It’s our time.

Auditions are over. We’re front and center stage. We must stand up and stand out. We need to take our rightful place as the Real American Idols: the exemplars of excellence that know there is no justice if justice isn’t for all.

We’ll create a Mad World in which Adam can take home the prize AND Steve for a Union in any State of his choosing because there’s a Whole Lotta Love and this town is big enough for all of it. Our children will want to grow up to be aligned agents of change, not morally bankrupt bankers, broken-down mortgage brokers or exposed wizards of Wall Street caught with their hands on the levers of peoples’ lives. While they all lined their pockets with peoples’ pain, We lay the path for possibility and prosperity. We… are…the…champions.

It is our time.

We’ll lift every voice to sing.

We’ll dance with whole body, mind and spirt.

We’ll shine from the inside, radiating self-awareness, self-care and self-love.

The crowds will go wild. Sitting on the edges of their seats, they’ll cheer us on, spellbound by the marriage of head and heart, fierce commitment to humanity and strength of humility that wins where it matters, even when the scoreboard says otherwise.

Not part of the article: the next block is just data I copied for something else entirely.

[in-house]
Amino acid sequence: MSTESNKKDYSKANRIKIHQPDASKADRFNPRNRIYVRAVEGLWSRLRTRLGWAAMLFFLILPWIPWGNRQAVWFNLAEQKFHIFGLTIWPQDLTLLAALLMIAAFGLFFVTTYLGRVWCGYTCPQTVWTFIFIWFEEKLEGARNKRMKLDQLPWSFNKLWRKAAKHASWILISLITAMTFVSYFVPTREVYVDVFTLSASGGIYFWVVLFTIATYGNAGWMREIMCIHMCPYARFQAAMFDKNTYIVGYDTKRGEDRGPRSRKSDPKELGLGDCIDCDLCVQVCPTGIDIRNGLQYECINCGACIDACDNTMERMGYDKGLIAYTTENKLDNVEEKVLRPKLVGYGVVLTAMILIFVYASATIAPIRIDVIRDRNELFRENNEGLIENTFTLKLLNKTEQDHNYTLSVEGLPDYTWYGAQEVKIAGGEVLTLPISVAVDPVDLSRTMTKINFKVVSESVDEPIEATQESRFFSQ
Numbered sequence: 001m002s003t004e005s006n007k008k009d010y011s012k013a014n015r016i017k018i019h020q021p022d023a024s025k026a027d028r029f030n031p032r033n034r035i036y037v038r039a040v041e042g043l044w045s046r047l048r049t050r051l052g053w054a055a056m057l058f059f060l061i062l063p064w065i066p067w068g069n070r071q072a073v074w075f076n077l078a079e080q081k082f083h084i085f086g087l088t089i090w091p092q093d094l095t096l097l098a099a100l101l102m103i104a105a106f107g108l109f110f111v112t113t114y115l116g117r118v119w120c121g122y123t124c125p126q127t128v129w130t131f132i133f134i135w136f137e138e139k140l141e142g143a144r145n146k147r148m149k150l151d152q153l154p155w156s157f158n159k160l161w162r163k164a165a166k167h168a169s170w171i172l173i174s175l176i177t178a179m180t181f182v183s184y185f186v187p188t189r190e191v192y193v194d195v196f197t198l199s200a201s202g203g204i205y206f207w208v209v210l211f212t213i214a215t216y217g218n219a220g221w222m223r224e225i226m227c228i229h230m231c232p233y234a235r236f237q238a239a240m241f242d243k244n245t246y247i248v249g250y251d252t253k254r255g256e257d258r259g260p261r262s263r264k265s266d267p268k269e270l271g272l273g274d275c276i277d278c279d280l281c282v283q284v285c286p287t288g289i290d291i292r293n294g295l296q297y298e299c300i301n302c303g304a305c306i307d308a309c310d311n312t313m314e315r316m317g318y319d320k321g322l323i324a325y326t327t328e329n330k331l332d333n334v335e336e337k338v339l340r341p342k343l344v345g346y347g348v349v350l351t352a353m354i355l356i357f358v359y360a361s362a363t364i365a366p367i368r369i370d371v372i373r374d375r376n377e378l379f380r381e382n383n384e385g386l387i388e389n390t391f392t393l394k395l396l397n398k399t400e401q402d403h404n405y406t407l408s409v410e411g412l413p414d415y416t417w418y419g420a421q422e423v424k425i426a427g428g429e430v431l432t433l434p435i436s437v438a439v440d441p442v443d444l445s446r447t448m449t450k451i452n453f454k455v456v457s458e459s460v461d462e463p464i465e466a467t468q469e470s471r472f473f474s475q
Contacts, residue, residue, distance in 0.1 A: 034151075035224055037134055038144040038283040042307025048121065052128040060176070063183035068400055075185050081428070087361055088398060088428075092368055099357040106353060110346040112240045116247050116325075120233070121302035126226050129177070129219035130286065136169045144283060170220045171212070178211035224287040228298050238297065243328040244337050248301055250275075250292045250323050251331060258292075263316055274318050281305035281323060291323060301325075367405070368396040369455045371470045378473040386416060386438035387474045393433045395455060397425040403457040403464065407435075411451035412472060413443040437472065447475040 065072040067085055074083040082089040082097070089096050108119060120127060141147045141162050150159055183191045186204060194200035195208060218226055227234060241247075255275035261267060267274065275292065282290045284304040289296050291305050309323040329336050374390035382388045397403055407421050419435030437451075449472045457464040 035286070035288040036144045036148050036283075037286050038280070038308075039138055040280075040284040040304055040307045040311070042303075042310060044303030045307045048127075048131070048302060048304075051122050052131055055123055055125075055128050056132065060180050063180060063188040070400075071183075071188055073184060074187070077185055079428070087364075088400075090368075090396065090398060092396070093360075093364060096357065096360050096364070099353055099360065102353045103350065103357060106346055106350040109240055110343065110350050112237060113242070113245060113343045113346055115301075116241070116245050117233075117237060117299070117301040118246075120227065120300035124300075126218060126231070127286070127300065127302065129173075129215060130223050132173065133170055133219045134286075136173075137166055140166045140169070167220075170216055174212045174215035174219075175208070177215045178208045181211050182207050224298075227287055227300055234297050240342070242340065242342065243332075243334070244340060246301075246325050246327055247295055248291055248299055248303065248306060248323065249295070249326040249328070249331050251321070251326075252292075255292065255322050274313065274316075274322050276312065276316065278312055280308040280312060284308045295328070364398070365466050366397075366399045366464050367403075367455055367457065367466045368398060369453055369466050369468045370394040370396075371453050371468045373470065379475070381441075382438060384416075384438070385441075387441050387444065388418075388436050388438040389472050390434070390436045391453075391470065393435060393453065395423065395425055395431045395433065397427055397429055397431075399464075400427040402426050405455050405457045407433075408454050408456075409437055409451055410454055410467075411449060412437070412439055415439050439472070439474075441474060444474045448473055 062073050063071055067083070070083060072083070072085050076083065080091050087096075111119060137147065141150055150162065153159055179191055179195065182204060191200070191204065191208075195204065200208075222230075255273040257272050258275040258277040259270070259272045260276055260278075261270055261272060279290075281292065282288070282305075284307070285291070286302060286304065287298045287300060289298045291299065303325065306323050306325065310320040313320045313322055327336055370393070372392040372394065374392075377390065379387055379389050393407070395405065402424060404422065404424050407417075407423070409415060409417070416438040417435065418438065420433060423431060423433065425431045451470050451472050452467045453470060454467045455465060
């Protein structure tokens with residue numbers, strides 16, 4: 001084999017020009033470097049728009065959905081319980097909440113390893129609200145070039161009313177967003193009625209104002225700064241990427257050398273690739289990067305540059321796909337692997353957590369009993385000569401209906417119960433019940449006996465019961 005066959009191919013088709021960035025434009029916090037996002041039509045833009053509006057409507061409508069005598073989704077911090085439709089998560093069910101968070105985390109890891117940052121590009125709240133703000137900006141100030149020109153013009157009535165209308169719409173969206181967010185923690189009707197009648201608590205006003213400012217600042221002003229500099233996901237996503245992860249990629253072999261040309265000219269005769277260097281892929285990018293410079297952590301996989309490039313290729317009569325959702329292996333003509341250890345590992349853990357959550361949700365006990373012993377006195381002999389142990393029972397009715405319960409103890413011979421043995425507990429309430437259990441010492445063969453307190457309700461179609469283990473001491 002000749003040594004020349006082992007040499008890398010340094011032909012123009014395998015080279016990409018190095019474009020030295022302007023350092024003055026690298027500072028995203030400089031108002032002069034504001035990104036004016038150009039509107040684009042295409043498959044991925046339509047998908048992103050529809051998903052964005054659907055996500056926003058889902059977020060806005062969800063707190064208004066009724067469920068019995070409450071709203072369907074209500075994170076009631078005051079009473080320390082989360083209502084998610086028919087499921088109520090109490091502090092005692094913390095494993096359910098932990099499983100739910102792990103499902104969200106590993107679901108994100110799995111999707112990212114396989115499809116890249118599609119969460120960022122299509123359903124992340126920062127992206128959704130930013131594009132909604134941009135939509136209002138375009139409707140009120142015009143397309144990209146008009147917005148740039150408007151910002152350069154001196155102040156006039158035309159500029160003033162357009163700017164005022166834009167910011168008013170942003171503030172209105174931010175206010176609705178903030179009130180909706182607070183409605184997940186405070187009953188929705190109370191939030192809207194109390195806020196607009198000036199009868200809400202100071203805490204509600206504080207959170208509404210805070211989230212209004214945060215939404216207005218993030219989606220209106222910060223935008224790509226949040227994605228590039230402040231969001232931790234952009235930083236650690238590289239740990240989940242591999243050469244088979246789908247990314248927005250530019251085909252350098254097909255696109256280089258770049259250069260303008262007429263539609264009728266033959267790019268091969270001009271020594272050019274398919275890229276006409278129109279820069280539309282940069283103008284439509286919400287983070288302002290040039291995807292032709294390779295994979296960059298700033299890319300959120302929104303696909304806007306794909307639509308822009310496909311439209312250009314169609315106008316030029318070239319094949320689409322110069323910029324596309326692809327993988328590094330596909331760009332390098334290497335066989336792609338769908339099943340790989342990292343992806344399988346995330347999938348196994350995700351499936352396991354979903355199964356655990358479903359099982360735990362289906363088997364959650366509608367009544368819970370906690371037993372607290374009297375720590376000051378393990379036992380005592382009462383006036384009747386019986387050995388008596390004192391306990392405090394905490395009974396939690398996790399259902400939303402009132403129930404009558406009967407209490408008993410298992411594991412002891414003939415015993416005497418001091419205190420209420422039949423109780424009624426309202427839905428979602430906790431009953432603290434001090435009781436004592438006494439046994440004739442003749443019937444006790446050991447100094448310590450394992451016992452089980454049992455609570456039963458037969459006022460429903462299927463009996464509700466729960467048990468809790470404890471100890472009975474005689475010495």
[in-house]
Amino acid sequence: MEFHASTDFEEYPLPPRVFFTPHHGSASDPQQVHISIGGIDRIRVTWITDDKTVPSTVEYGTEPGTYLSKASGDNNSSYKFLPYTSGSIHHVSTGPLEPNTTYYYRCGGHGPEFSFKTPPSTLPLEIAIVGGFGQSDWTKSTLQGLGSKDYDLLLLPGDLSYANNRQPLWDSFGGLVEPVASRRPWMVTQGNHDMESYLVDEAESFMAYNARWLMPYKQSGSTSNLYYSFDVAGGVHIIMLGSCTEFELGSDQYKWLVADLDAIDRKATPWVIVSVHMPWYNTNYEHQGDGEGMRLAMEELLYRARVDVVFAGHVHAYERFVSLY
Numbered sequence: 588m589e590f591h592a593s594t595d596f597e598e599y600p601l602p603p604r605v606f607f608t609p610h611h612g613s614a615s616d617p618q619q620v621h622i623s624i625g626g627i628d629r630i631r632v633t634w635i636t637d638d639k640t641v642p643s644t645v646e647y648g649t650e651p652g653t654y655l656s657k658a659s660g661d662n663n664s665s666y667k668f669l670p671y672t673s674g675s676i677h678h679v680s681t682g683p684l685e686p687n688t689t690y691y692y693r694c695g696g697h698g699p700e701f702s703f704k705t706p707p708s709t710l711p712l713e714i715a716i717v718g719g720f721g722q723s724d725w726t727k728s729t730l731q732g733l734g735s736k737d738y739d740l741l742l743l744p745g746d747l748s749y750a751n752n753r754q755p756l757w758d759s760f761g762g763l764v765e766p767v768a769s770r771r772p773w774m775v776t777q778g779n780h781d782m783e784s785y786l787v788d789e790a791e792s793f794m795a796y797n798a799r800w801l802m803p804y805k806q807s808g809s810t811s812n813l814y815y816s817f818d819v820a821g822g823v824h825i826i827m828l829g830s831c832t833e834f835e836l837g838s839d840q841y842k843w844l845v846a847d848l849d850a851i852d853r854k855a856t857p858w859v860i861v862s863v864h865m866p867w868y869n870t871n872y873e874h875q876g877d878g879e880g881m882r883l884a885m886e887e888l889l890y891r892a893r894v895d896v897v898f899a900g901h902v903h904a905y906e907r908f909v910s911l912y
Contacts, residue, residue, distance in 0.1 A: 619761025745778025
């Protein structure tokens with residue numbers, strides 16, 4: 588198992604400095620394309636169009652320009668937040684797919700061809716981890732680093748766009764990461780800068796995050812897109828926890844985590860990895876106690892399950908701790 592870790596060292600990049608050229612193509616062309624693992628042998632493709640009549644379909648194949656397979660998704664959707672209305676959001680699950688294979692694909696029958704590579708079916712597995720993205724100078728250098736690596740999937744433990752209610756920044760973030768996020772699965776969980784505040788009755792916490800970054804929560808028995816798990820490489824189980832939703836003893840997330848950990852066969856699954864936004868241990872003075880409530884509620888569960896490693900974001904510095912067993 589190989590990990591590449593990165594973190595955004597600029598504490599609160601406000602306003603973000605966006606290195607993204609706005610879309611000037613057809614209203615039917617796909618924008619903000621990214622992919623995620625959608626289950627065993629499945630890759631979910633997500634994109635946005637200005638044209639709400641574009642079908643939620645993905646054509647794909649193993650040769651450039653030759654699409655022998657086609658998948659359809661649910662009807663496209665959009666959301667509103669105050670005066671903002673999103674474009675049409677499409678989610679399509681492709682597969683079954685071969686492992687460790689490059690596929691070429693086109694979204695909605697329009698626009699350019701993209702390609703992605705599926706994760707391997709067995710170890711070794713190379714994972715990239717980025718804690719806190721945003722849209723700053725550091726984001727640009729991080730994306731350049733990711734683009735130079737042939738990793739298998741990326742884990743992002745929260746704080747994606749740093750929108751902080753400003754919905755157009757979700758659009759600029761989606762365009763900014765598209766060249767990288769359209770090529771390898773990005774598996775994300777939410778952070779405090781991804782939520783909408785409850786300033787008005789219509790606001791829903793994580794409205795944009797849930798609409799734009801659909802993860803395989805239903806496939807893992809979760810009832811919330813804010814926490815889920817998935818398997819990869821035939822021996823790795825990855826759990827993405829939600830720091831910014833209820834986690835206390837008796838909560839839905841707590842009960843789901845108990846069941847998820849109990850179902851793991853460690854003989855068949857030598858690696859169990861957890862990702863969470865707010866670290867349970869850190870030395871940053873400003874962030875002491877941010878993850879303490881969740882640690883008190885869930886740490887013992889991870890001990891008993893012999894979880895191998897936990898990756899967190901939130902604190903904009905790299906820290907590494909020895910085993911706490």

They’ll tweet, twitter, digg, fan and follow the triple-threat talent that steals the show every time:

Our courage to take on Responsibility for the work that needs to be done.
Our conviction to be Accountable to our co-workers, communities, and most of all, ourselves.
Our clarity of Purpose that is the container of our intention and the vision for our success.

This Radical Relationship to self, other and the Mother is ecological, evolutionary and embodied.

This is our time.

Well-coiffed and, dare I say, well-dressed, we ARE the bling, we are the Rock Stars, the Sexy Mothers and Mutha…(you get the drift), and Mike wants to be like Us.

When the viewers telly and the texts are tallied, we’ll be judged by true measures of greatness: how skillfully we exhibit grace under pressure, wield power with precision and receive feedback—even when it seems negative and harsh—with aplomb. Simon says: take what’s yours and release the rest.

And when the small wins elude us (as they will) we’ll flash our pearly whites and see the opportunity to learn from our missteps, sharpen our skill and deepen our practice. We’ll accept defeat gracefully as we prepare for the next round with abiding love in our hearts, joy in our spirits, compassion for others and equanimity in the face of it all.

Because we know that when met in this way, two steps back can propel us a giant leap forward. We know Victory is ours because justice has ALWAYS been on our side, and now, finally, we need only make it so for now, now now…

NOW is our time.